In the tradition of the Flemish primitives, the body of work by Lili Dujourie (Roeselare, Belgium, 1941) establishes an intellectual and sensory connection with the viewer, at the same time that it presents a critical reflection on specific ideas and categories in art history.
The sculptural interventions of Leonor Antunes (Lisbon, 1972) build their meaning from within their dense materiality, without making reference to a specific symbolic content, transforming the places in which they are installed and making visible the tensions and energy that exist in such places. Her work vindicates the material autonomy of forms and also a certain autonomy of meaning, the strength of the pure gesture. Notions such as measure, scale or proportion also play a key role. For Antunes, who lives and works in Berlin, restriction is something that articulates her proposal. Like artists such as Duchamp,
The work of Lygia Pape (1927-2004) arose in a setting very much characterised by a spirit of renewal. In Brazil, one of the most innovative art contexts in the second half of the 20th century, the tensions inherent in the arrival of modernism coexisted with the opposite extreme: dictatorships, false economic miracles and cultural movements based on local considerations, yet doomed to live in exile.
The work of the Japanese artist Yayoi Kusama (Matsumoto, 1929) unfolds in the international art scene that began at the end of the 1950s and is the origin of today's globalisation. Her career, spanning almost six decades, started with her earliest solo exhibitions at the age of just 23, in Japan. She crossed international borders in 1958, heading for New York, which by that time was the unquestioned epicentre of art worldwide.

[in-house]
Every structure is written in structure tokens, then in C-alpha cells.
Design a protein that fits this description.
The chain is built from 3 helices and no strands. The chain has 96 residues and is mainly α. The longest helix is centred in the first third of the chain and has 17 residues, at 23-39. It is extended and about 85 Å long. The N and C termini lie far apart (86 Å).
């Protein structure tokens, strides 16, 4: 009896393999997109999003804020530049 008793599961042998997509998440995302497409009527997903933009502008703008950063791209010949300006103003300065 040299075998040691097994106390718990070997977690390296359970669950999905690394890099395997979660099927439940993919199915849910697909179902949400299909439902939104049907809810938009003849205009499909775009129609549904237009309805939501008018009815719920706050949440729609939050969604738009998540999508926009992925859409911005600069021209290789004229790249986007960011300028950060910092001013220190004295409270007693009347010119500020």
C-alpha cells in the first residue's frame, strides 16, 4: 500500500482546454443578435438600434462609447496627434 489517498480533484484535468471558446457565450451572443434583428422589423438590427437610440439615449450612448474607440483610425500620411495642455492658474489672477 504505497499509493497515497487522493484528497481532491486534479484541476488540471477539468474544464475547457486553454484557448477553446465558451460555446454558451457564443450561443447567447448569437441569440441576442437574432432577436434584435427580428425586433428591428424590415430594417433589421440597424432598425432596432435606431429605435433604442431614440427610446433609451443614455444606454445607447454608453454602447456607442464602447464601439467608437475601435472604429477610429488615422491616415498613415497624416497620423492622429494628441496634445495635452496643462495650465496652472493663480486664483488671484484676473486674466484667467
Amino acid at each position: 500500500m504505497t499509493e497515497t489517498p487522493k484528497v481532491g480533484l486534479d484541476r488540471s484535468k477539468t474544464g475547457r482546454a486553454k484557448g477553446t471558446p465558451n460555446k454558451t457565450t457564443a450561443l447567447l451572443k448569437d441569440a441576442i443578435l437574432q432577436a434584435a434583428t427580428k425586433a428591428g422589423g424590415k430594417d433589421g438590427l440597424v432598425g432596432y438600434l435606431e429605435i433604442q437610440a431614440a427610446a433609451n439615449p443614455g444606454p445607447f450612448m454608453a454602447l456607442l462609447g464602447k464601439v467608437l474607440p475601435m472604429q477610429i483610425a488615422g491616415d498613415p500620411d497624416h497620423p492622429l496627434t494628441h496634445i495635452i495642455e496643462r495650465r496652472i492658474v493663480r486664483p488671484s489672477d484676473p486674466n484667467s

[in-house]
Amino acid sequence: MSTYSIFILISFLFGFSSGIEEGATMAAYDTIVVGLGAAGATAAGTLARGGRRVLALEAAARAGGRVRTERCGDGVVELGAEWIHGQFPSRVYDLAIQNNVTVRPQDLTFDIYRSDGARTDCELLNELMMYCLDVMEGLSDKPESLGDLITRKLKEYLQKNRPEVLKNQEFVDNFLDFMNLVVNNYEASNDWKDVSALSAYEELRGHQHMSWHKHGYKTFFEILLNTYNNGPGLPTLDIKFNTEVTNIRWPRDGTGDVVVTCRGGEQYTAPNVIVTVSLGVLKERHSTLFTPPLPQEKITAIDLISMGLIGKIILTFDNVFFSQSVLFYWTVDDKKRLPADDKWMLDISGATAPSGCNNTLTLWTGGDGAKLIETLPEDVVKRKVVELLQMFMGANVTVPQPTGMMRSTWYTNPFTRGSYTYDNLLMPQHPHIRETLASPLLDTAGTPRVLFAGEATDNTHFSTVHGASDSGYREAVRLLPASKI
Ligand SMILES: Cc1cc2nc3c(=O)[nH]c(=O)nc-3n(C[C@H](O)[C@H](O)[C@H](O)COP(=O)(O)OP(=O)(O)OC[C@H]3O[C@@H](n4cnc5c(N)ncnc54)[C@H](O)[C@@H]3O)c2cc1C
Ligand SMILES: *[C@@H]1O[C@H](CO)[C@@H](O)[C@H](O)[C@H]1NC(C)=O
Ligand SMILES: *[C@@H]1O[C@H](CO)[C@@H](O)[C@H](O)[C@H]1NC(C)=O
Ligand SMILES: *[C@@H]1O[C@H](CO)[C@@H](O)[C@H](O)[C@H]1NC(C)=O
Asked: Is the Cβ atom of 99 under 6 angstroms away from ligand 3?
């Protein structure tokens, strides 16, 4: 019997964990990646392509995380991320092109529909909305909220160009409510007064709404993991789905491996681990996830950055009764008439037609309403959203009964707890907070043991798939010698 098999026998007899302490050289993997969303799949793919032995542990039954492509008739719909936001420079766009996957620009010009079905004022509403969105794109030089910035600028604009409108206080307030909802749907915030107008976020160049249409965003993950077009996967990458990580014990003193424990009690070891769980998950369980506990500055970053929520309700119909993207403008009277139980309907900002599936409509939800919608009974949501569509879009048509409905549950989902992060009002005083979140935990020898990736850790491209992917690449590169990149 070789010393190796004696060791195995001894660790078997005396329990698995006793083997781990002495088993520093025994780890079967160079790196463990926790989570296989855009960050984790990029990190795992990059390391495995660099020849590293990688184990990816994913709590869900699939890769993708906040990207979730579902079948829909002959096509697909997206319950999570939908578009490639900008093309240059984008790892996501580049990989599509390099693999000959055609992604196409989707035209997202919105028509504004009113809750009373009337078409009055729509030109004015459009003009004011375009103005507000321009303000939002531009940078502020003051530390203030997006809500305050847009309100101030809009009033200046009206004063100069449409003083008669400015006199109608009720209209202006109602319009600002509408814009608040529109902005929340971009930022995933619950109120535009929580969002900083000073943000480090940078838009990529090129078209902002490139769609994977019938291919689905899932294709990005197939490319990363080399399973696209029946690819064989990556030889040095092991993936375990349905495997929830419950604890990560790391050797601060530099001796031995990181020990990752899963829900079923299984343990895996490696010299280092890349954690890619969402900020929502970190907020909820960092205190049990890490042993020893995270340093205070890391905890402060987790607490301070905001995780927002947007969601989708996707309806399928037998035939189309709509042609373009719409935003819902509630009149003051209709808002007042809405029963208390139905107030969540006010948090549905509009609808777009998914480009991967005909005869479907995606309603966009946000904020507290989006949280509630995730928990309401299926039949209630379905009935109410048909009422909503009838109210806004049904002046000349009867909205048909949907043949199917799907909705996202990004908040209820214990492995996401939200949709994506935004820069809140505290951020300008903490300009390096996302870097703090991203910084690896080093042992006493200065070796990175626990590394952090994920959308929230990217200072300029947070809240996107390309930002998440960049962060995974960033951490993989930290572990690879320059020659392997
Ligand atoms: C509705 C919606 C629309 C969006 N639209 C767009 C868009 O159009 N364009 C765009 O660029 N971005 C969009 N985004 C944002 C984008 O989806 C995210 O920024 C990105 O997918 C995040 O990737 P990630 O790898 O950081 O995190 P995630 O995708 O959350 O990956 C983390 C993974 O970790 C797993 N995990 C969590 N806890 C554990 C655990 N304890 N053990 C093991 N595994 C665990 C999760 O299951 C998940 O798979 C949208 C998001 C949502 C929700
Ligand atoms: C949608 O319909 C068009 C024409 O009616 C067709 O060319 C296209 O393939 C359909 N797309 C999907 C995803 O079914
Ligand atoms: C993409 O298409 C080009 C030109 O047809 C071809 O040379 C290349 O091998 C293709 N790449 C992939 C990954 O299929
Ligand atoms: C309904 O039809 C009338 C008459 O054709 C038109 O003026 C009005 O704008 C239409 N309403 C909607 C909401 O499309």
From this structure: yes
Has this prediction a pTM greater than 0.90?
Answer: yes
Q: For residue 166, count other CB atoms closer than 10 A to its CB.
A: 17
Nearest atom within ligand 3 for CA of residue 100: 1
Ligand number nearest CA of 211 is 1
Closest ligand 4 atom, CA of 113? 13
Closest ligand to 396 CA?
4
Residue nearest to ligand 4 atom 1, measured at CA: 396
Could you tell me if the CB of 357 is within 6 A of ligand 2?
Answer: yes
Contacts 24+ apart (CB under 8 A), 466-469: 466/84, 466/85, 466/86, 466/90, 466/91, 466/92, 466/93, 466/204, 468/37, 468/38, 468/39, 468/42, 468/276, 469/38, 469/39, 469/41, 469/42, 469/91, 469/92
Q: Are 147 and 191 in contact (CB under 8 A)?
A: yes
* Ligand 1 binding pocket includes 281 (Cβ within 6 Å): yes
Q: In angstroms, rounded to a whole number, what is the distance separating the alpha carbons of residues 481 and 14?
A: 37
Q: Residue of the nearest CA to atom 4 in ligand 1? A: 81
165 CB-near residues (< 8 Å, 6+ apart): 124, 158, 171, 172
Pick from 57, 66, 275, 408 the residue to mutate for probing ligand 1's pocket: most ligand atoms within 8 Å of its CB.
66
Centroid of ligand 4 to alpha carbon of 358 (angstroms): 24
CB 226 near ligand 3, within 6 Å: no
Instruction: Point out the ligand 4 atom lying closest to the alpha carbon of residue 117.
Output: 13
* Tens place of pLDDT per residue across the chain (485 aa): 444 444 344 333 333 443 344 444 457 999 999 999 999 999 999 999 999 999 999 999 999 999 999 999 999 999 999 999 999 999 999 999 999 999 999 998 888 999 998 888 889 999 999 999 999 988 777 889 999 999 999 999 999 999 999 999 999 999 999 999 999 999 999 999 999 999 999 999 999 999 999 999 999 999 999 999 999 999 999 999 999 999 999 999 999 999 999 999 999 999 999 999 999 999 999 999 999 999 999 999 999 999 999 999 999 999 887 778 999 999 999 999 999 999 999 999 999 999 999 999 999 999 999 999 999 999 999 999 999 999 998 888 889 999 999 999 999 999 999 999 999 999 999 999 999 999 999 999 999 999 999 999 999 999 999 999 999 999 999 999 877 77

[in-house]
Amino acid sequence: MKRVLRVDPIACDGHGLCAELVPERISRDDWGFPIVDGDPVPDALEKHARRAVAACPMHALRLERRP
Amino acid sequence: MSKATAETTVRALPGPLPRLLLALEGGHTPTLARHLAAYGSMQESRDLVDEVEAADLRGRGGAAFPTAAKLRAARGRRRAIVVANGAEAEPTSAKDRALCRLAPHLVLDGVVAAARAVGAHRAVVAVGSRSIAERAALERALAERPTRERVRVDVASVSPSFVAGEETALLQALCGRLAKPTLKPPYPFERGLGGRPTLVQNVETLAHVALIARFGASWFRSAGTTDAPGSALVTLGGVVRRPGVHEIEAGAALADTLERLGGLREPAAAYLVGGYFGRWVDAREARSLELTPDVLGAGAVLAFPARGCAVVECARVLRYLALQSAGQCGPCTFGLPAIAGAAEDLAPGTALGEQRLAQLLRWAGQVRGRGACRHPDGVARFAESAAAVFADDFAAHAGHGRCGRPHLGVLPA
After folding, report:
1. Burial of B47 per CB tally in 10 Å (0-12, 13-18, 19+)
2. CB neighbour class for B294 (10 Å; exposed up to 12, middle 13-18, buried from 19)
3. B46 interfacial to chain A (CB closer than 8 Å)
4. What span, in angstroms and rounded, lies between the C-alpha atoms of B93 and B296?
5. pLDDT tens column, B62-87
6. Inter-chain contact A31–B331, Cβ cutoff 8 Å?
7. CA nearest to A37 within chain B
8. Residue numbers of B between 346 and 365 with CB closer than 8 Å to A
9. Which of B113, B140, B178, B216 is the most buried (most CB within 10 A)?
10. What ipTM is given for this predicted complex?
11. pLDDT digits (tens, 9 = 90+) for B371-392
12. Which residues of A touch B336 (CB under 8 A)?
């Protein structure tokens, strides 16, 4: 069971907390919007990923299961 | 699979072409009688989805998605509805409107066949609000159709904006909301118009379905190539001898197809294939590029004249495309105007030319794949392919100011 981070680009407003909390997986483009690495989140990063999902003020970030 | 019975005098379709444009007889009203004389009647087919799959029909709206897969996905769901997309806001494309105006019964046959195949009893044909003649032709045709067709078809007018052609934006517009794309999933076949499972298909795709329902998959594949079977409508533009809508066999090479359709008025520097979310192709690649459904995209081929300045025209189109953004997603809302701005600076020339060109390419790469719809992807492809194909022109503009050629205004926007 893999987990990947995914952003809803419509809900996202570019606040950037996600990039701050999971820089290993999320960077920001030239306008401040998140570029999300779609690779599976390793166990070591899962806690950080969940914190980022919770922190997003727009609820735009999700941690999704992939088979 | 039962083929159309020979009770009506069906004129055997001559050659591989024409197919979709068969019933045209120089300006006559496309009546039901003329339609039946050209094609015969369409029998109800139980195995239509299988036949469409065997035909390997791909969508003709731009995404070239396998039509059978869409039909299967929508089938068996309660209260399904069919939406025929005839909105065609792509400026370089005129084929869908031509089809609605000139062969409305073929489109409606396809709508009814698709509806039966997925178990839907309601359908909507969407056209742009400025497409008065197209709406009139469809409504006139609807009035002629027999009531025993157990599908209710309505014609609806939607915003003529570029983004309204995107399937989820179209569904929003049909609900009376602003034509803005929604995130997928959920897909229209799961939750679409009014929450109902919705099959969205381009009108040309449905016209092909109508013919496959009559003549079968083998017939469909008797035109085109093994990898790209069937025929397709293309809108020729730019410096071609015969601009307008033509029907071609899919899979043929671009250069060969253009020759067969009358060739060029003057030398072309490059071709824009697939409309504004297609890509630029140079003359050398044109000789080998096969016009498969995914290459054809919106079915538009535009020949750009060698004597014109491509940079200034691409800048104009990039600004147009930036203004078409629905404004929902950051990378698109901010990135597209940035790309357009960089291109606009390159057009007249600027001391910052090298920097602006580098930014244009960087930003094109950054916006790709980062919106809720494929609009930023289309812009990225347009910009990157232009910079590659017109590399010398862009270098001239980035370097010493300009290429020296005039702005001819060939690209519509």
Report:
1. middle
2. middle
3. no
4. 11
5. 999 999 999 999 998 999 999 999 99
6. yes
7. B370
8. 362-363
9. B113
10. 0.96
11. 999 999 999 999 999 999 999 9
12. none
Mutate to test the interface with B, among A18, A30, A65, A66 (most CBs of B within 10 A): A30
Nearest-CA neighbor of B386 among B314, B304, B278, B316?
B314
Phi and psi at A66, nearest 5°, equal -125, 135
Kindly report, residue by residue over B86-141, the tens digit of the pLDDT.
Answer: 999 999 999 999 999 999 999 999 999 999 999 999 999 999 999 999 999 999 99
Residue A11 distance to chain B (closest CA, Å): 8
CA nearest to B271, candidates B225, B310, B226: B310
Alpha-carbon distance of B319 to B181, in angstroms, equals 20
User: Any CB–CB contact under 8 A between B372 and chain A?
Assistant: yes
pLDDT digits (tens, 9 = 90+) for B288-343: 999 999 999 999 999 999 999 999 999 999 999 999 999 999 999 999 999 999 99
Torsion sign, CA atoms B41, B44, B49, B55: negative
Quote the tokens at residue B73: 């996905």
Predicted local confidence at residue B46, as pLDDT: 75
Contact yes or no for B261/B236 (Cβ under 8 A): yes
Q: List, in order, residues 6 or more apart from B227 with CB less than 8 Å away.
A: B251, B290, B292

The art of Leon Golub (Chicago, 1922 - New York, 2004) challenges the dominant model of the development of art from the 1950s onward. Oblivious to the media experimentation taking place in most artistic production during these decades, Golub's work is based on a pictorial renovation in which genres believed to be exhausted, such as historical painting or portraits, once again show unexpected expressive and critical capacity.
A Hard, Merciless Light. The Worker Photography Movement, 1926-1939 examines the period during the history of 20th century photography in which photography joined forces with various worker movements (ranging from trade unionism to the creation of “workers' states” like the Soviet one), motivated by growing working-class consciousness and the idea of taking over the means of production and reproduction of images. By looking at the artistic avant-garde in its interconnection with the political avant-garde, this exhibition challenges hegemonic historiography that focuses primarily on other movements arising in the history of photography, such as the New Vision. The exhibition displaces the importance of mechanical vision and instead considers photography's relationship with social movements, shifting the debate toward photography as a document. It presents photographs (many of which are vintage copies), films and other documents, with special attention being paid to periodicals, the fundamental medium for the circulation of images and the ideas associated with them during these years.